A joint Fermilab/SLAC publication
NOvA collaboration

NOvA’s first neutrino


The first picture of a neutrino that traveled from Illinois to Minnesota shows the NOvA experiment’s advantage in studying neutrino properties.

Neutrinos are notoriously hard to see. But detecting these tiny particles is only part of the challenge of studying them; scientists also need to figure out their identities.

Neutrinos come in not just one but three types, called flavors: electron, muon and tau. When a neutrino shows up in a particle detector, it usually leaves a calling card in the form of an electron, a muon or a tau particle. This lets a scientist know which flavor of neutrino dropped by.

But sometimes, the neutrino opts to play ding-dong-ditch instead, depositing a fraction of its energy in the detector before speeding away. This is called a neutral current event, and, in many cases, it is the bane of the modern neutrino physicist’s existence.

“Every experiment has to deal with this in one way or another,” says physicist Mark Messier of Indiana University, co-leader of the NOvA experiment.

The neutrino’s game of ring-and-run can lead to confusion, as the signal it leaves behind in a particle detector can look awfully similar to the mark of an electron neutrino, even when the particle speeding away is of another type. This can artificially inflate the number of electron neutrinos a physicist counts.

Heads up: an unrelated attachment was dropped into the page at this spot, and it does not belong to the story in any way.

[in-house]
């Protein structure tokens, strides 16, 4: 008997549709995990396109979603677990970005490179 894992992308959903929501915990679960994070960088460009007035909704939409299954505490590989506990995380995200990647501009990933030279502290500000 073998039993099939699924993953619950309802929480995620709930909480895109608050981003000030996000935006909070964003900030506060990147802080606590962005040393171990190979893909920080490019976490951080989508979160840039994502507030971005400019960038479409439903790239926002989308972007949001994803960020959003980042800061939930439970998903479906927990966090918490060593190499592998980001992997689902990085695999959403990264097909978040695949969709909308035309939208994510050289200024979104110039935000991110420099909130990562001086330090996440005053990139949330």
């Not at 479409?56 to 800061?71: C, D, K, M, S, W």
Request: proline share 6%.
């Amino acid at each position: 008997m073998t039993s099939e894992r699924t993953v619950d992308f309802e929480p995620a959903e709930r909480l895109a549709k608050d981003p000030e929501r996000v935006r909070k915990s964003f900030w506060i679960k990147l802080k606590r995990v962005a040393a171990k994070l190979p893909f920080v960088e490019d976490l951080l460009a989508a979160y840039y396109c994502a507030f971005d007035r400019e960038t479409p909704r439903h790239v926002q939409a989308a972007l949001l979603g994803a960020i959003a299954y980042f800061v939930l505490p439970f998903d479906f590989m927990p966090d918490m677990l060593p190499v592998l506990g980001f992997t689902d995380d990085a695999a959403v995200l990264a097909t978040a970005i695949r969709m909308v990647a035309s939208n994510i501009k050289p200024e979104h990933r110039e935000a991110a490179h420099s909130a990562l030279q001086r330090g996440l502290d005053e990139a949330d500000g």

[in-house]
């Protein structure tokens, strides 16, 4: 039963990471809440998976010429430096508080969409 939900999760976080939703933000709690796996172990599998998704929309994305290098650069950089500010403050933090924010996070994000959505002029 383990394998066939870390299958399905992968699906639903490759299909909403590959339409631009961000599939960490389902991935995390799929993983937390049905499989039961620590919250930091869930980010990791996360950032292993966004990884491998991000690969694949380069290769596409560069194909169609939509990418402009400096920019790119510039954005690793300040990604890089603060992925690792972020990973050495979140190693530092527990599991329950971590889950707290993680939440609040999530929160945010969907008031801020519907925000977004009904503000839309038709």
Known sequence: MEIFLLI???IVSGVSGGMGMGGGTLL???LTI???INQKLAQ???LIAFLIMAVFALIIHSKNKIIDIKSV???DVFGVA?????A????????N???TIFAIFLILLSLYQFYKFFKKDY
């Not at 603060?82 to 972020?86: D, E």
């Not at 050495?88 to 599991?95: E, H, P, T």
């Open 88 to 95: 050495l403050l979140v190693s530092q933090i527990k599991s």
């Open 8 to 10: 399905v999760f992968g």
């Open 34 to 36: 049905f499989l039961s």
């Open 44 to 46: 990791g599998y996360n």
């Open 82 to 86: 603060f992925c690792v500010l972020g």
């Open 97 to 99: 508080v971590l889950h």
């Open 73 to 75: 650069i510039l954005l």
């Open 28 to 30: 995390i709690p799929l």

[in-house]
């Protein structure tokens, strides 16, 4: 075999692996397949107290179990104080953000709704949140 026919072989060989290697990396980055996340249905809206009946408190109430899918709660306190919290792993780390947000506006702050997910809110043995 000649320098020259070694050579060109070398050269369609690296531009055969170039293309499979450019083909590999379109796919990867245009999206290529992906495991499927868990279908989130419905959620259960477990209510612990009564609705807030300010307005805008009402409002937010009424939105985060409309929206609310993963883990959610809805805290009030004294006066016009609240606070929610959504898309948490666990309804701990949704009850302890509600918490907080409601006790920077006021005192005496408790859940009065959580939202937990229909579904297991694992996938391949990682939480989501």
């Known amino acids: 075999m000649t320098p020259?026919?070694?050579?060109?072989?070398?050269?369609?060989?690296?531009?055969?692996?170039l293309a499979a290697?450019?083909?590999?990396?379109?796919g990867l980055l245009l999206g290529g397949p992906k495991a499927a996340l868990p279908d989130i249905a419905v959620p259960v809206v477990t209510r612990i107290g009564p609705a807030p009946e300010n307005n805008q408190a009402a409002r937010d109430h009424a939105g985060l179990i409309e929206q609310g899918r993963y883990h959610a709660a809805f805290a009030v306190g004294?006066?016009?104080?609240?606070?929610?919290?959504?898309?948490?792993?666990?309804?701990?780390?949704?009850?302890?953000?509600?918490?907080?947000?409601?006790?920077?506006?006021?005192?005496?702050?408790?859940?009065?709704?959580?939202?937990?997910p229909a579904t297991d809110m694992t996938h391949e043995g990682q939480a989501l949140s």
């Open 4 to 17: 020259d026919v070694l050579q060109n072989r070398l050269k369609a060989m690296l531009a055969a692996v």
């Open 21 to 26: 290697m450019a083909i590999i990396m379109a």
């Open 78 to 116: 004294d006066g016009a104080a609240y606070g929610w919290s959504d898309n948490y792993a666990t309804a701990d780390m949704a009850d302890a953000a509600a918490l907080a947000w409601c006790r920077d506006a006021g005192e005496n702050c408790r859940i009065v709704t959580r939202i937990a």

To combat this problem, researchers on the NOvA experiment made their detector out of light plastic. Particles can move relatively freely through this low-density material, making it easier for scientists to see what kind of message they leave behind.

On November 12, 2013, the NOvA detector in Minnesota saw its first neutrino sent in a beam from Fermilab in Illinois. From the looks of the display, that neutrino bumped into a nucleus in the detector, transferring some of its energy but leaving no electron, muon or tau: a neutral current event. The energy left behind produced a particle that decayed immediately into two photons (shown in yellow and magenta) and a proton (shown in cyan).

“This is something we built the detector to do,” Messier says. “We went to great lengths to build this funny plastic structure, and this is the payoff.”

Correctly identifying neutral current events helps NOvA scientists count only true electron neutrino events as they observe how neutrinos oscillate between flavors on their trek from Illinois to Minnesota. It could also help them to search for a fourth type of neutrino, the so-called sterile neutrino, which would affect how often neutral current events occur.


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NOvA collaboration


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